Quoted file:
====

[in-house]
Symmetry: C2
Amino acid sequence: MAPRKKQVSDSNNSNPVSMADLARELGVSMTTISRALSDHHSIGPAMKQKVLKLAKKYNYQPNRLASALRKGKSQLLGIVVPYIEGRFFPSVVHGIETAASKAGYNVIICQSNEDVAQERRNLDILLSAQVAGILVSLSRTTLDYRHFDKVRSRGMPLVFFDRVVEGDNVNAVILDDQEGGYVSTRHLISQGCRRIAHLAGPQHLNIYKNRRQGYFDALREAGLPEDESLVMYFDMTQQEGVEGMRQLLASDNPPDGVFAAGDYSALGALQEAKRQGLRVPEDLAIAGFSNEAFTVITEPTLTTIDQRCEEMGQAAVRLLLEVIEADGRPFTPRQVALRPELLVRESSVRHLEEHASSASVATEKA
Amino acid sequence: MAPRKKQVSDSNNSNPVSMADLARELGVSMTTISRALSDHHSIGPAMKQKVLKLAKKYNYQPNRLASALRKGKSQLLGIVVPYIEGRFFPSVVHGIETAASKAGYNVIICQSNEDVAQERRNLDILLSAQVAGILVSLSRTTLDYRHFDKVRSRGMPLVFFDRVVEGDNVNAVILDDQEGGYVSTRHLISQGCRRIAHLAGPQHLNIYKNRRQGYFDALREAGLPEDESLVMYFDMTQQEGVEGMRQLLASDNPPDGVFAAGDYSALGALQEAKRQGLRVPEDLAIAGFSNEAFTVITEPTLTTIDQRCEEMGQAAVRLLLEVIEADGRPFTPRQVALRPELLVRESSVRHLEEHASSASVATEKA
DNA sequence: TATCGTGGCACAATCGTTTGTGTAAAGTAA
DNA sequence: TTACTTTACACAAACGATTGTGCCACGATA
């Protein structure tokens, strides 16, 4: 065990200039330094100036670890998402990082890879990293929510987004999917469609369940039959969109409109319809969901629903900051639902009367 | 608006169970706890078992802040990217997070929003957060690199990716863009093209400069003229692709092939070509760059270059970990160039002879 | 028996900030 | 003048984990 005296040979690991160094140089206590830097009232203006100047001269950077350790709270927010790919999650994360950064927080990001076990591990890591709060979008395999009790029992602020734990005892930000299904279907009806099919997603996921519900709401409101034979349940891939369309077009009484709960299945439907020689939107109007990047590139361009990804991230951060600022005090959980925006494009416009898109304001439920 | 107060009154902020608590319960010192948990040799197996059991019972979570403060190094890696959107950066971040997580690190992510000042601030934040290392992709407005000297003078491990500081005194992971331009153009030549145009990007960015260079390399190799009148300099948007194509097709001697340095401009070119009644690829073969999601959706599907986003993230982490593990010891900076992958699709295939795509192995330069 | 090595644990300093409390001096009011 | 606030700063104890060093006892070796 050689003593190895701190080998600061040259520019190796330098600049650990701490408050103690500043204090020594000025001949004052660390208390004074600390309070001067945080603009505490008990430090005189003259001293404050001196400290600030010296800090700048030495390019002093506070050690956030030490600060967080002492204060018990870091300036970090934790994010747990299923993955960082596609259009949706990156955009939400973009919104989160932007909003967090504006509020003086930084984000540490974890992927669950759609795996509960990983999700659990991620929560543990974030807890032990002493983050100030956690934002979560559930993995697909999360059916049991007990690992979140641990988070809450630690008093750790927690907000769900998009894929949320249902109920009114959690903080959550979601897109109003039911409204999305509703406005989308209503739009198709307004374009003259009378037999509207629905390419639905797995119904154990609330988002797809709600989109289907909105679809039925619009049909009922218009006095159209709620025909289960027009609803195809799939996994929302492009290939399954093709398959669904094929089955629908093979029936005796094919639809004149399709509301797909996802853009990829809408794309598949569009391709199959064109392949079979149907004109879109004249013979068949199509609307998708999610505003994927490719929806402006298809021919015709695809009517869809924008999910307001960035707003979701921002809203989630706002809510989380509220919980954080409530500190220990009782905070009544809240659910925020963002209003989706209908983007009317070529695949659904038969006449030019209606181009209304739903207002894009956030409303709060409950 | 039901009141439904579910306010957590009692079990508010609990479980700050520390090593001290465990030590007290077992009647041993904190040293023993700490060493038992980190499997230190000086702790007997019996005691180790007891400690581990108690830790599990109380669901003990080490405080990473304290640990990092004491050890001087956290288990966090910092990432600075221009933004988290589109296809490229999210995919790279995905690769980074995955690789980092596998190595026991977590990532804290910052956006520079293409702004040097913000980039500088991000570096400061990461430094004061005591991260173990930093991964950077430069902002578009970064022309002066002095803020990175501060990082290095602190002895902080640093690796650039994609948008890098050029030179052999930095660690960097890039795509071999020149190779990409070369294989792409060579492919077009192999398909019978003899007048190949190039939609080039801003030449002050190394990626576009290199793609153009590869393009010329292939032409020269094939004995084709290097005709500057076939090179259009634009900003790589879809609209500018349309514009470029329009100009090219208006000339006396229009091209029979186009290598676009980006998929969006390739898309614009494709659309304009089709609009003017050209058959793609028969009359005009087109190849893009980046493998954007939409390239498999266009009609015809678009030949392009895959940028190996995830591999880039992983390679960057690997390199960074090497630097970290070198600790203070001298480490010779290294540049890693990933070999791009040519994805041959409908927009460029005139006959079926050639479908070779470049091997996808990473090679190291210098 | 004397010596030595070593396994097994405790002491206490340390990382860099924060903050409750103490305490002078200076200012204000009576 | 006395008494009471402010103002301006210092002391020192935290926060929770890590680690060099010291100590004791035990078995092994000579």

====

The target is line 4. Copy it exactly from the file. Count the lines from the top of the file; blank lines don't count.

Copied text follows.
Amino acid sequence: MAPRKKQVSDSNNSNPVSMADLARELGVSMTTISRALSDHHSIGPAMKQKVLKLAKKYNYQPNRLASALRKGKSQLLGIVVPYIEGRFFPSVVHGIETAASKAGYNVIICQSNEDVAQERRNLDILLSAQVAGILVSLSRTTLDYRHFDKVRSRGMPLVFFDRVVEGDNVNAVILDDQEGGYVSTRHLISQGCRRIAHLAGPQHLNIYKNRRQGYFDALREAGLPEDESLVMYFDMTQQEGVEGMRQLLASDNPPDGVFAAGDYSALGALQEAKRQGLRVPEDLAIAGFSNEAFTVITEPTLTTIDQRCEEMGQAAVRLLLEVIEADGRPFTPRQVALRPELLVRESSVRHLEEHASSASVATEKA